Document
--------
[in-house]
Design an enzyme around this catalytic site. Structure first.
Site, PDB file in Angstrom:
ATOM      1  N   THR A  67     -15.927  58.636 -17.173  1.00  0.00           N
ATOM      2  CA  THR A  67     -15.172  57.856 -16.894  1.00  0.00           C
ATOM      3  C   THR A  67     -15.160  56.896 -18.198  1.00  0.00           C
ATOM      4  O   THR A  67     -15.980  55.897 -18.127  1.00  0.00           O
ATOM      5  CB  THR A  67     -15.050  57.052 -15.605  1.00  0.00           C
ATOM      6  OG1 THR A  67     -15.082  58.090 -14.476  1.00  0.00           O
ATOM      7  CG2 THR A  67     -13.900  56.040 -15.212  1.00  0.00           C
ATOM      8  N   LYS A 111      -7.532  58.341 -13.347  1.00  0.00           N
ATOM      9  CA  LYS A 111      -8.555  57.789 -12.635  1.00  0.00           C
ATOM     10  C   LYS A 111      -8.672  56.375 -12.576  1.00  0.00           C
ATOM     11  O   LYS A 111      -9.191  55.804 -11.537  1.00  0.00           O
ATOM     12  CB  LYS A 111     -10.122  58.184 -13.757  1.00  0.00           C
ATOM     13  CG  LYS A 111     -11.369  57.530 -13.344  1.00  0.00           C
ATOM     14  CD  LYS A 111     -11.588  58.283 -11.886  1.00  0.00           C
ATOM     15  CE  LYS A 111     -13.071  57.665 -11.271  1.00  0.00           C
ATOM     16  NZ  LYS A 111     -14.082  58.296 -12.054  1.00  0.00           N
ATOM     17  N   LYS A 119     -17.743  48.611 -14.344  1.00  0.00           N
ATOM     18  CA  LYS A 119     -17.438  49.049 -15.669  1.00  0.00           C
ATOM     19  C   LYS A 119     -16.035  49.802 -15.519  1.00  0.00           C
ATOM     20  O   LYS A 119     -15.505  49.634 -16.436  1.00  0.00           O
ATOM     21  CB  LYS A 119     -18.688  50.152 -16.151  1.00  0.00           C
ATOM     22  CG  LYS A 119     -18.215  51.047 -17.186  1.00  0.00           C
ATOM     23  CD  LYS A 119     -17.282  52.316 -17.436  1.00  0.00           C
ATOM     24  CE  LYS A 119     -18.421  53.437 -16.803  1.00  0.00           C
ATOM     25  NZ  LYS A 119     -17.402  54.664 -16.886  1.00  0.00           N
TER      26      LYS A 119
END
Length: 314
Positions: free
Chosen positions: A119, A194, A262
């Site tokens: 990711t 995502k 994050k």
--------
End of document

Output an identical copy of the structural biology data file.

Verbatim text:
[in-house]
Design an enzyme around this catalytic site. Structure first.
Site, PDB file in Angstrom:
ATOM      1  N   THR A  67     -15.927  58.636 -17.173  1.00  0.00           N
ATOM      2  CA  THR A  67     -15.172  57.856 -16.894  1.00  0.00           C
ATOM      3  C   THR A  67     -15.160  56.896 -18.198  1.00  0.00           C
ATOM      4  O   THR A  67     -15.980  55.897 -18.127  1.00  0.00           O
ATOM      5  CB  THR A  67     -15.050  57.052 -15.605  1.00  0.00           C
ATOM      6  OG1 THR A  67     -15.082  58.090 -14.476  1.00  0.00           O
ATOM      7  CG2 THR A  67     -13.900  56.040 -15.212  1.00  0.00           C
ATOM      8  N   LYS A 111      -7.532  58.341 -13.347  1.00  0.00           N
ATOM      9  CA  LYS A 111      -8.555  57.789 -12.635  1.00  0.00           C
ATOM     10  C   LYS A 111      -8.672  56.375 -12.576  1.00  0.00           C
ATOM     11  O   LYS A 111      -9.191  55.804 -11.537  1.00  0.00           O
ATOM     12  CB  LYS A 111     -10.122  58.184 -13.757  1.00  0.00           C
ATOM     13  CG  LYS A 111     -11.369  57.530 -13.344  1.00  0.00           C
ATOM     14  CD  LYS A 111     -11.588  58.283 -11.886  1.00  0.00           C
ATOM     15  CE  LYS A 111     -13.071  57.665 -11.271  1.00  0.00           C
ATOM     16  NZ  LYS A 111     -14.082  58.296 -12.054  1.00  0.00           N
ATOM     17  N   LYS A 119     -17.743  48.611 -14.344  1.00  0.00           N
ATOM     18  CA  LYS A 119     -17.438  49.049 -15.669  1.00  0.00           C
ATOM     19  C   LYS A 119     -16.035  49.802 -15.519  1.00  0.00           C
ATOM     20  O   LYS A 119     -15.505  49.634 -16.436  1.00  0.00           O
ATOM     21  CB  LYS A 119     -18.688  50.152 -16.151  1.00  0.00           C
ATOM     22  CG  LYS A 119     -18.215  51.047 -17.186  1.00  0.00           C
ATOM     23  CD  LYS A 119     -17.282  52.316 -17.436  1.00  0.00           C
ATOM     24  CE  LYS A 119     -18.421  53.437 -16.803  1.00  0.00           C
ATOM     25  NZ  LYS A 119     -17.402  54.664 -16.886  1.00  0.00           N
TER      26      LYS A 119
END
Length: 314
Positions: free
Chosen positions: A119, A194, A262
């Site tokens: 990711t 995502k 994050k």